During the invasion, Sang claimed that the estate's owners had seized public land set aside for a community project.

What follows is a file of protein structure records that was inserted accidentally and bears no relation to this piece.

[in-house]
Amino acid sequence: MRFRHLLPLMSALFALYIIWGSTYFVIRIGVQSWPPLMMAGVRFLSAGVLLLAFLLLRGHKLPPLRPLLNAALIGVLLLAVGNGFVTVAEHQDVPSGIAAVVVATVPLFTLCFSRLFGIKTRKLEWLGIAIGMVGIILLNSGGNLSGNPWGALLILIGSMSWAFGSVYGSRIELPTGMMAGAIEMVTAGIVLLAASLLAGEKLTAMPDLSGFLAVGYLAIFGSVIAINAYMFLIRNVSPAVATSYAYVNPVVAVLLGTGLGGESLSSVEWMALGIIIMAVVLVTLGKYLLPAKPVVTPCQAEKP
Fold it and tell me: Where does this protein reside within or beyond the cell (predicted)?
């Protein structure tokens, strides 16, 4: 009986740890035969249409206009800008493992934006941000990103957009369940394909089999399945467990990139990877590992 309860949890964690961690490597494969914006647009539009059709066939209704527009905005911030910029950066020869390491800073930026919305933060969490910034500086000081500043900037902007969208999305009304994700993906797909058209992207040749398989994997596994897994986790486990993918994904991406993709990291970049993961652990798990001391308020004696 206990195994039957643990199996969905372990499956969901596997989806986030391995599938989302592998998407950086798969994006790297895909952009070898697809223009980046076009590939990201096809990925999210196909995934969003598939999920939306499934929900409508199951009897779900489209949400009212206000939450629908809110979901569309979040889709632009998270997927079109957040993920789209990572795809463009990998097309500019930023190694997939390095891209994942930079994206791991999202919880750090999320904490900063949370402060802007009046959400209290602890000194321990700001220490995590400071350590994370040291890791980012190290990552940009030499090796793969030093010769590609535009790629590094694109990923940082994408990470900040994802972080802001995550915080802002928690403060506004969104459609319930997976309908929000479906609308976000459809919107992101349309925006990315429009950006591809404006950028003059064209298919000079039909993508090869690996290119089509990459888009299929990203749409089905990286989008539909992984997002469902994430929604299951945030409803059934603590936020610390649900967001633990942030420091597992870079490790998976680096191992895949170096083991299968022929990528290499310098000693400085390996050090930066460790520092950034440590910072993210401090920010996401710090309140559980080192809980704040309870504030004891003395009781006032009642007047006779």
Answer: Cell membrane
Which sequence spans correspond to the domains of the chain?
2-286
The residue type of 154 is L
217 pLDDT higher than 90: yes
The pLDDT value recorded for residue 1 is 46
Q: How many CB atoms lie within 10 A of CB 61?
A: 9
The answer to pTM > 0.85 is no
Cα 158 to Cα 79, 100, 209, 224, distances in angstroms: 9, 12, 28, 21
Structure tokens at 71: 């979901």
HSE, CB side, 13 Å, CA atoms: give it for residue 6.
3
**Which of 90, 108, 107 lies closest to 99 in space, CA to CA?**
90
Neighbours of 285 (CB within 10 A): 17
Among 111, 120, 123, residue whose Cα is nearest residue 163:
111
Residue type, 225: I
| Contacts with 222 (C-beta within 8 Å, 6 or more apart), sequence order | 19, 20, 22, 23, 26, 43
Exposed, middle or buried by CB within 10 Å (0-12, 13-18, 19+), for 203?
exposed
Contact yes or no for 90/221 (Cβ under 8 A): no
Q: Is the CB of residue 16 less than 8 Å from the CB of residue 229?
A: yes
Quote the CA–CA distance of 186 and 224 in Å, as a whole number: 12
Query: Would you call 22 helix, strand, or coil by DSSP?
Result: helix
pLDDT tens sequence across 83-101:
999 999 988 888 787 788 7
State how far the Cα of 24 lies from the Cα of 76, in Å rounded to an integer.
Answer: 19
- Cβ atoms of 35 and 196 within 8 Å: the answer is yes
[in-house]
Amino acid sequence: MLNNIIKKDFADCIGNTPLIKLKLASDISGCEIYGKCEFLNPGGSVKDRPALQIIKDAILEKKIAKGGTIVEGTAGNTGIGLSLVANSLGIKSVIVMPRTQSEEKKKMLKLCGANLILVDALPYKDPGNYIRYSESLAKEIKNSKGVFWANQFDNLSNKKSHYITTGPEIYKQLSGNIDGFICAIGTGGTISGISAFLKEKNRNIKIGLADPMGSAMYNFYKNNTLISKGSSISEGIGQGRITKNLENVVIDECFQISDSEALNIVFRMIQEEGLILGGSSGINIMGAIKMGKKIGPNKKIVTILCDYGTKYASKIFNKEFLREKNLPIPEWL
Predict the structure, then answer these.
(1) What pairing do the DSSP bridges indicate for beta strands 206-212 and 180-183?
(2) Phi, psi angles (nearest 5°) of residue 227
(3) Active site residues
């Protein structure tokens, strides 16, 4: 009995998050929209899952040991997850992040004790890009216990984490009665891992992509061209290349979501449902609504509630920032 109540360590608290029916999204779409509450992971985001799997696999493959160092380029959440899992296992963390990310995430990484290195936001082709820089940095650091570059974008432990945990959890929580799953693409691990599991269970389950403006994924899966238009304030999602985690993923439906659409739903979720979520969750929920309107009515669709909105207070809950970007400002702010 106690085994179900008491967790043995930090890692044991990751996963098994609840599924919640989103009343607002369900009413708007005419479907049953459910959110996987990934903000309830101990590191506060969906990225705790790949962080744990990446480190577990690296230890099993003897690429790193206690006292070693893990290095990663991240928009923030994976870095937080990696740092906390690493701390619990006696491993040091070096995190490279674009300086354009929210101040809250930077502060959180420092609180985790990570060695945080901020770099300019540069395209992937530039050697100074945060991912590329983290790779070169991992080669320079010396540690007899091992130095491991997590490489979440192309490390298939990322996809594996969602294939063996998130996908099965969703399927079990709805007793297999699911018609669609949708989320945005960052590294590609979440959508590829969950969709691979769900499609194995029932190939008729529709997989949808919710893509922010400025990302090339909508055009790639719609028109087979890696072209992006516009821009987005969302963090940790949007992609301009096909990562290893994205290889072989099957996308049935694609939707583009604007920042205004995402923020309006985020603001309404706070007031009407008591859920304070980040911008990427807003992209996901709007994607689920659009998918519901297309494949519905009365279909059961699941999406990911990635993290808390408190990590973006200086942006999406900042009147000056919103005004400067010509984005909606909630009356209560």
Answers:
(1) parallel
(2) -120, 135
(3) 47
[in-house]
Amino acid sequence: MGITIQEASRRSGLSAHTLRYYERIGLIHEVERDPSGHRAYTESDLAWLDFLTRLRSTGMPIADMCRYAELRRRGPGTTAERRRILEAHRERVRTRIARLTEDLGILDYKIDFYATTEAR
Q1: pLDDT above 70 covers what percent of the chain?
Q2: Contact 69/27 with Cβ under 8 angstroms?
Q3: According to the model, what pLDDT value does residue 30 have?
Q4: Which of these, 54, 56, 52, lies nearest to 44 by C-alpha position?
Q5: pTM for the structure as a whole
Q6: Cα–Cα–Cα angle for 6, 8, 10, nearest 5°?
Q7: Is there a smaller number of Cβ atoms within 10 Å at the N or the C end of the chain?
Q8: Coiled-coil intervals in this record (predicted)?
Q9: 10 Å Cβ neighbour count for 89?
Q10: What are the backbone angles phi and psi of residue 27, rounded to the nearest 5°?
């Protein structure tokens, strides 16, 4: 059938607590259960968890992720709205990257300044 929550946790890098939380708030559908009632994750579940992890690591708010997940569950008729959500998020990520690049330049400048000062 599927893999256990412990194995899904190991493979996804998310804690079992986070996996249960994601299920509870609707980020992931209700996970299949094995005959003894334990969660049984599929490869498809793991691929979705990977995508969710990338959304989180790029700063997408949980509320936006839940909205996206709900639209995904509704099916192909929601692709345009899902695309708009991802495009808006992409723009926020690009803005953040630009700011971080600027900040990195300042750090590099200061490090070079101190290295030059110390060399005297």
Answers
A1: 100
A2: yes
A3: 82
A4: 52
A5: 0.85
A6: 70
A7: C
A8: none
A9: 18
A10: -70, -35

Abandoned vehicleSang, who was addressing Nandi Hills residents at the tea estate on Saturday, cut short his speech, abandoned his official vehicle and fled into the bushes when he saw the police. The governor later hitched rides in a saloon car and on motorbikes as he headed towards Chemelil to evade arrest. Police said Sang escaped through one of the four murram roads that divert into the expansive tea plantations in the highlands area. During the invasion, Sang claimed that the estate's owners had seized public land set aside for a community project. “Four acres of land under the tea was grabbed from the community in 2003. The white man had surrendered it to the community in 1980 towards the construction of Kaburet cattle dip where members of the community contributed resources." But the invasion could also lay bare the political rivalry between Sang and Kosgei, the former Industrialisation minister whose family members are among directors of the tea estate. Mr Kosgei's son, Allan, who addressed the media on behalf of the estate's owners, read malice in Sang’s actions and described it as a political vendetta. “This is criminality; this has nothing to do with fair land reclamation exercises. This is more like an attack on the Kosgei family,” said Allan. Sang and the senior Kosgei have been political arch-rivals since the 2013 General Election when Kosgei contested for the Nandi senatorial post on an ODM ticket but lost to Sang who was vying on a URP platform. Kosgei, who relinquished his ODM chairmanship following bungled party elections, sought the Nandi gubernatorial seat on a Jubilee ticket in 2017 but again lost to Sang who was eyeing the same post. Sang, however, insisted that his intentions were not to go after his political adversaries but rather to reclaim public land. The former minister has since retired from active politics while Allan has been actively traversing the county and participating in community development initiatives. He is yet to state his political intentions. “County actions cannot be applied selectively against a specific section of the population. The Kosgei family are fair investors in the county as any other business people and county residents, and deserve fair treatment,” said Allan. He revealed that the Eldoret and Nairobi High Courts were yet to determine two cases touching on the ownership of the disputed land, and advised Sang to wait for the courts to determine the matter. Mr Cherargei, MPs Alfred Keter (Nandi Hills), Julius Meli (Tinderet), Vincent Tuwei (Mosop), Wilson Kogo (Chesumei), Cornelly Serem (Aldai), and County Speaker Joshua Kiptoo, who had attended a function at St Barnabas ACK in Kapsabet town, condemned Sang's actions. Cherargei and Mr Tuwei accused Sang of being ‘drunk with power’ and of using the matter of land issues to go after his opponents. “It is unfortunate that the sensitive matter of historical land injustices is being used by Governor Sang to go after his political competitors. We as Nandi leaders condemn in totality the selective action to reclaim disputed land,” said Cherargei. Mr Keter called for sobriety in the handling of land issues, saying that Nandi Hills was an investor zone that needed sensitive handling. “We cannot use goons to harass investors. There are proper legal channels to address land disputes,” said Keter. Tuwei listed over 60 plots at Kapsabet headquarters that had been marked as grabbed by the county administration, noting that their reclamation appeared to have been shelved. The leaders also accused Sang of attempting to divert the attention of residents from tough questions on corruption that had been raised against his administration in the past month following the theft of county construction materials.